tions you may have about OSCAR, his 
programs or even your own computer 
equipment. In the process of prepar- 
ing programs for OSCAR, we’ve 
learned quite a bit about the Commo- 
dore®, TI®, Atari®, TRS Color Com- 
puter® and many others. If we have 
any knowledge we can share with you, 
we’ll be glad to. Just ask! 

We can’t promise to print every let- 
ter we get, but we’ll answer all of 
them. Send your letters to ASK 
OSCAR, The Databar Club, 10202 
Crosstown Circle, Eden Prairie, MN 

Here are some questions we 
received recently. 

What can I do if I spill something 
on my bar code pages? — Jim C., 
West St. Paul, MN 

OSCAR says : “There is a thin coat 
of protective varnish over all the bar 
code pages, but it won’t protect the 
codes long if liquid is spilled on them. 
Dab and soak up the spill as quickly as 
you can, but DON’T RUB. If you 
smear the bar code ink, OSCAR may 
have trouble reading it. Let the paper 
dry completely, then try to read it with 
OSCAR. Even if the paper is stained, 
the bar codes may still read. If a bar 
code page is destroyed, you can buy a 
replacement copy of the program. 
Check with the store where vou 

« j 

bought OSCAR or contact Customer 
Service at Databar for help in 
replacing the program.” 

My wife complains that all the 
wires and power supply boxes 
around my desk are messy. Any 
ideas? — Alan H., Chicago, IL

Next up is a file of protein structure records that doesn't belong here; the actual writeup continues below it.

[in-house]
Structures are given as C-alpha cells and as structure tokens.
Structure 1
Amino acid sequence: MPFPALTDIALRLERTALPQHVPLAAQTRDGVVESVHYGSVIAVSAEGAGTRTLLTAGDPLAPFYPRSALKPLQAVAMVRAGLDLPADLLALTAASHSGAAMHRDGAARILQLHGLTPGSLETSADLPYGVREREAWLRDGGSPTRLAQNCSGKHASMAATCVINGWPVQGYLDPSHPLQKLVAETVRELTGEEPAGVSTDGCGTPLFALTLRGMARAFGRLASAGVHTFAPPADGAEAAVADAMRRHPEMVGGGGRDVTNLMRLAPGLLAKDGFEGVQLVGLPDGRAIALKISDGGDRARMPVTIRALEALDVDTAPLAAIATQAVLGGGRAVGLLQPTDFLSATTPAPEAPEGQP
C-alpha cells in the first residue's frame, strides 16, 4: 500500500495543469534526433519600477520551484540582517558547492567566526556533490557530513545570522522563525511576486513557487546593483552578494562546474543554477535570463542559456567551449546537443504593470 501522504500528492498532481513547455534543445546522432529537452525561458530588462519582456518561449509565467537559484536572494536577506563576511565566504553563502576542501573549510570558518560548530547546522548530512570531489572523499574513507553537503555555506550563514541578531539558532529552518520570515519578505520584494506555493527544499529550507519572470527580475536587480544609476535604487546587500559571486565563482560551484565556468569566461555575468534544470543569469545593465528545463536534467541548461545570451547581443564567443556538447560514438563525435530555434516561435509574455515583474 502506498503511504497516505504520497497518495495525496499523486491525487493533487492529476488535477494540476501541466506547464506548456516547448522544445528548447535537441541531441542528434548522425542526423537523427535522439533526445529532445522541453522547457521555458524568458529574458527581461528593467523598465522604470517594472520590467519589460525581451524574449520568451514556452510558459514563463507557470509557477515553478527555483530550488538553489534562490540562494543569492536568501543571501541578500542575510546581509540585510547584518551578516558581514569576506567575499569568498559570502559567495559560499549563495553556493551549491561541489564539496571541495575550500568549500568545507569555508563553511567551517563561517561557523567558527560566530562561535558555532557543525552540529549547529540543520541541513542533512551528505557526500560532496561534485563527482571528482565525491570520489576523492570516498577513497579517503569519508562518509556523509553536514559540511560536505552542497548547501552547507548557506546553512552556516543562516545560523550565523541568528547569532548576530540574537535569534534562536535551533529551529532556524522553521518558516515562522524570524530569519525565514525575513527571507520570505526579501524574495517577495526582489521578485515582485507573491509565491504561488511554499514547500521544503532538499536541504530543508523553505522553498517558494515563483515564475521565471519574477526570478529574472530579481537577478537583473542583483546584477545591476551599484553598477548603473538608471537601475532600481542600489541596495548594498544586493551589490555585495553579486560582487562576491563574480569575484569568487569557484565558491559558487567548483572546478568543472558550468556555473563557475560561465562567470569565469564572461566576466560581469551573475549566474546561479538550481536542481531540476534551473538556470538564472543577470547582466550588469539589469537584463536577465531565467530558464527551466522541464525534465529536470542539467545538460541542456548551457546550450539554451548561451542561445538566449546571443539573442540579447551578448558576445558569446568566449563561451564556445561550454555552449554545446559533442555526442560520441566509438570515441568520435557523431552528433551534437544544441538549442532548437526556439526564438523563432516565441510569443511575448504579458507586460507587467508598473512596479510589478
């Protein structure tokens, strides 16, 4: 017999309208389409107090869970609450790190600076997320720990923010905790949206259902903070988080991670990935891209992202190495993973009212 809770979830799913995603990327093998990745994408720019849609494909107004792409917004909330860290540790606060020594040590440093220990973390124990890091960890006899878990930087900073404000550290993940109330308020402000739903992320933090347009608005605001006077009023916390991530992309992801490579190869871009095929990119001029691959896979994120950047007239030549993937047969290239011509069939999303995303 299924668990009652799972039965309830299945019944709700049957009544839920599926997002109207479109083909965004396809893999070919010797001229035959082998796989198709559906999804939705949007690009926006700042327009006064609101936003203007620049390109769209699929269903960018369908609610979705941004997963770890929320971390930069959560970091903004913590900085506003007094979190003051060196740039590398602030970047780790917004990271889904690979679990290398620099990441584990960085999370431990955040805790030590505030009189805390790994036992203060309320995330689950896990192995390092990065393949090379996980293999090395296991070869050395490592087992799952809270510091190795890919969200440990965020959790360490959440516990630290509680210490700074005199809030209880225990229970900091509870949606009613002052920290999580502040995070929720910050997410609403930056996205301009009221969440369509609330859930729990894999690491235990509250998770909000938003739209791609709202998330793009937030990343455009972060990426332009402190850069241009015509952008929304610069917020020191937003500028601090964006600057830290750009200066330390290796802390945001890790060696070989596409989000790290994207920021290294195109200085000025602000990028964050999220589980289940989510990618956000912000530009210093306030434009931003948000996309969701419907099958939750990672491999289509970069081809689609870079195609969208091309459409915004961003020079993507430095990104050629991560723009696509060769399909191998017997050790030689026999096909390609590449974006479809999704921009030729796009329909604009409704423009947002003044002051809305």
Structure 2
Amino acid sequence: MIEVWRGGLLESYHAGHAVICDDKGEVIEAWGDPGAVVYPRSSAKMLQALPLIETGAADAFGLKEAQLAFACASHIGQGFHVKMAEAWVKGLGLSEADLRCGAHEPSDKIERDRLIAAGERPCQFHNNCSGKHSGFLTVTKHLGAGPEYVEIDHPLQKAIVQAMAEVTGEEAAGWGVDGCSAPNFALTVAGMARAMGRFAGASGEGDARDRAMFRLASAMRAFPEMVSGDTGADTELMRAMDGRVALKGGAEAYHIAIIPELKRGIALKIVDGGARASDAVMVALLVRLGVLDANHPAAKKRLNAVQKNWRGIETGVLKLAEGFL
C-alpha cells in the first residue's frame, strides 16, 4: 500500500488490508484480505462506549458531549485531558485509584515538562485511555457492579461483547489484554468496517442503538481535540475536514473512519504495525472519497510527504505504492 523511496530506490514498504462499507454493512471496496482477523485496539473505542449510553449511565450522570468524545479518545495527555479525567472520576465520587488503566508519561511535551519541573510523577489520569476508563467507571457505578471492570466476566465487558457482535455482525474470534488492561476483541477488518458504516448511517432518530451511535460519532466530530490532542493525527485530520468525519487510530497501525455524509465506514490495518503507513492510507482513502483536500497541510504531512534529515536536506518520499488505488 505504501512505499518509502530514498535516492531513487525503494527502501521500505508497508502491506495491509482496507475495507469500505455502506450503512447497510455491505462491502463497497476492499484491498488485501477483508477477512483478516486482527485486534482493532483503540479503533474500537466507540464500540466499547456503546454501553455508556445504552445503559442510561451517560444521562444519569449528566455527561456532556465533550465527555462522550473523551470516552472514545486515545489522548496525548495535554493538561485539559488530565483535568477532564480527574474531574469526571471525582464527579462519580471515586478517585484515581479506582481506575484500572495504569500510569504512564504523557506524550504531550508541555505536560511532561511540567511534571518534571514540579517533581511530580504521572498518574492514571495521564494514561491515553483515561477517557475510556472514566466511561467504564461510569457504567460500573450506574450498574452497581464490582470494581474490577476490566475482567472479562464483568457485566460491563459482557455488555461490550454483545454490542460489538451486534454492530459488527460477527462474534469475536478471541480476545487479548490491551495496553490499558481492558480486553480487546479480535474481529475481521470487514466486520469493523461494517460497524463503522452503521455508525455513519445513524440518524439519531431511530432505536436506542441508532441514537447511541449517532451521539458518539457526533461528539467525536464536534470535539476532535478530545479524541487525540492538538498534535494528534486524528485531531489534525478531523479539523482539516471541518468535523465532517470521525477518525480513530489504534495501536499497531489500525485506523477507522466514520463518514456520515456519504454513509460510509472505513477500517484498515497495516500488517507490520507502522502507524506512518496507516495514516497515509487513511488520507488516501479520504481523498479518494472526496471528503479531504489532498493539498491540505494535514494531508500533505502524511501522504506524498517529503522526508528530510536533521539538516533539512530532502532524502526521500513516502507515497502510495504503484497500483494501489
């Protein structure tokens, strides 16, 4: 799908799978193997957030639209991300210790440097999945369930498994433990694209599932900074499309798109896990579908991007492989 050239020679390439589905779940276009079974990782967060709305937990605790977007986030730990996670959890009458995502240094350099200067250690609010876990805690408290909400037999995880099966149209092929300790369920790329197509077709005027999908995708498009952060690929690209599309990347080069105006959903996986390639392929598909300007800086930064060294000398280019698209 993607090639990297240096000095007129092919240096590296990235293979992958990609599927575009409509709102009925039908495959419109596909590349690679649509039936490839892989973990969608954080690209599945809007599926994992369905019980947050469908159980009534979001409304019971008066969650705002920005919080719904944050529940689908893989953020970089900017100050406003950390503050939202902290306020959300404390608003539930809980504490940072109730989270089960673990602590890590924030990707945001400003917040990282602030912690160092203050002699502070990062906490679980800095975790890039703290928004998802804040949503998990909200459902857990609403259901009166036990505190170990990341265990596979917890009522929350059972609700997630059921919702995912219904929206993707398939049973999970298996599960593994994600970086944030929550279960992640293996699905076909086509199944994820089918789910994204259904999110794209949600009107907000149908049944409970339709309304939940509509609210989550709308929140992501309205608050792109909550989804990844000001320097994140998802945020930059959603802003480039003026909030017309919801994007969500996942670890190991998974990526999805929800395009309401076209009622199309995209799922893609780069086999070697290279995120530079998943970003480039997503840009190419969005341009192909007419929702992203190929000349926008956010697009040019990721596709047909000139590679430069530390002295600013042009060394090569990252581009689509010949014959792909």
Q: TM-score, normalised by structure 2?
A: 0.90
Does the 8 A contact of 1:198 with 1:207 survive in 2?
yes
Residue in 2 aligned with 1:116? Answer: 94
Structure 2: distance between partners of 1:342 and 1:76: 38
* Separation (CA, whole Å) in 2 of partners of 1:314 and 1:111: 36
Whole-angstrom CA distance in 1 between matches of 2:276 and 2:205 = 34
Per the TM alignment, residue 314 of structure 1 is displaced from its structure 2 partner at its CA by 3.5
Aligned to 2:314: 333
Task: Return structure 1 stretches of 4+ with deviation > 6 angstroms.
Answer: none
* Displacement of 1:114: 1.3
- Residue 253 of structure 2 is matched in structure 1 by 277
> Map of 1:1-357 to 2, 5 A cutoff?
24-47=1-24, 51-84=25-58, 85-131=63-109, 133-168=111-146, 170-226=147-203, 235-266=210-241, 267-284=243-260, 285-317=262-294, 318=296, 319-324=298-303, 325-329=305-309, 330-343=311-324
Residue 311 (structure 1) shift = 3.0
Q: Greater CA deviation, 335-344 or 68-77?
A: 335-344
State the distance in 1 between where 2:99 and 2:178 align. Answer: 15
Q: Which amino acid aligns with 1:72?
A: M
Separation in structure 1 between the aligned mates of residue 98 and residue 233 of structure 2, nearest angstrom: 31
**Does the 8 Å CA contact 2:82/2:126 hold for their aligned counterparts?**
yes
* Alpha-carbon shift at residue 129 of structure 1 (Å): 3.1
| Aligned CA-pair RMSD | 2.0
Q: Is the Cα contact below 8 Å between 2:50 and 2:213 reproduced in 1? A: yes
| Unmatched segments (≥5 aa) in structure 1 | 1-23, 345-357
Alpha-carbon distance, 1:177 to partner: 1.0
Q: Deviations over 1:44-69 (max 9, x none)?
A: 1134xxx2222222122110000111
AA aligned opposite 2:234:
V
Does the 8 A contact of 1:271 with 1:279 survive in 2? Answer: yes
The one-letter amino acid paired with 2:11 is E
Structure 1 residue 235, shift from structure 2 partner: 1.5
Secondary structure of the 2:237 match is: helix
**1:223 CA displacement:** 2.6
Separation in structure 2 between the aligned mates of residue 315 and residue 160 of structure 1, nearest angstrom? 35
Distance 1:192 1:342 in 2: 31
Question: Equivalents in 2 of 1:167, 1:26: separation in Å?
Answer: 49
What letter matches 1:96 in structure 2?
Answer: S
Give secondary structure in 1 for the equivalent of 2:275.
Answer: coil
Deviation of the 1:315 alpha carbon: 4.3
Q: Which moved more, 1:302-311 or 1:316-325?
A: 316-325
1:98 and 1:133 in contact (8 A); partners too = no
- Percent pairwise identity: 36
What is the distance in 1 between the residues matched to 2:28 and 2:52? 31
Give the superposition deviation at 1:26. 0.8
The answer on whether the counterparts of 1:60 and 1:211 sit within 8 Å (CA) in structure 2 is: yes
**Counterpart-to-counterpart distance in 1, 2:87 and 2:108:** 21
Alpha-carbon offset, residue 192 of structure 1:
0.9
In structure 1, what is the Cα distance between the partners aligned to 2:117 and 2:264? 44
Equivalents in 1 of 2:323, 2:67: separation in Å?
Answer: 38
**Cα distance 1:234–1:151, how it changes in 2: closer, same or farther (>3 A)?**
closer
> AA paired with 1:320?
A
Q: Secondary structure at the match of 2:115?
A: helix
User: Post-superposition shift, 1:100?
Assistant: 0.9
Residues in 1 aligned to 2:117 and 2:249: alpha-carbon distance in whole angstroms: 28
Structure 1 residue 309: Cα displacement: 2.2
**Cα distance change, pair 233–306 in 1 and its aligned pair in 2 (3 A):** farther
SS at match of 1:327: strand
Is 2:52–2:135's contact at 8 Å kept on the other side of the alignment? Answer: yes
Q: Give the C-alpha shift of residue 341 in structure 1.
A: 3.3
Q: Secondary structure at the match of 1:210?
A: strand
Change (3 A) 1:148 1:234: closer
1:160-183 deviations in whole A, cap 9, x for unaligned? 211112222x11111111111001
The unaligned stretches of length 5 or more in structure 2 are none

OSCAR says: “You bet! Here’s a tip 
even many pros haven’t thought of. If 
you have a desk with drawers, see if 

you can remove the back of a drawer 
and anchor power supplies, etc. , to the 
drawer bottom, running the cords to 
your hardware and power supply out 
the back. Gather all the excess cord in 
the drawer except some slack to let 
you open and close the drawer, 
securing the coiled cords with rubber 

Once I've taken the Health 
Assessment™ quiz, what do I do 
with it? — Adrienne T., Houston, 

OSCAR says: “The joy of all the 
Health-ware ™ quizzes is their what-if 
capability. After you have entered all 
the answers as honestlv as vou can and 
have the computer’s assessment of 
your health, then do it again. But this 
time, decide what bad health habit you 
have that you are most likely to be 
successful in changing, and change 
your answer. The computer will give 
you the effects of your change. You can 
use these scenarios with all OSCAR’s 
quizzes to see how specific changes will 
affect your life.” 

I just purchased OSCAR and I've 
noticed the wand reads some 
lines the first time through and 
other times it takes me several 
tries. Is something wrong? — 
Bradford €., San Diego, CA 

OSCAR says: “Probably not, but you 
have to get used to using OSCAR’s 
wand just as you would any other 
precision electronic instrument. Keep 
at it, and pretty soon you’ll know from 
experience exactly how much pressure 
to put on and how fast to move it. Here 
are two tips if you keep having trouble. 
(1) A major cause of reading problems 
is a dirty wand tip. A referral to the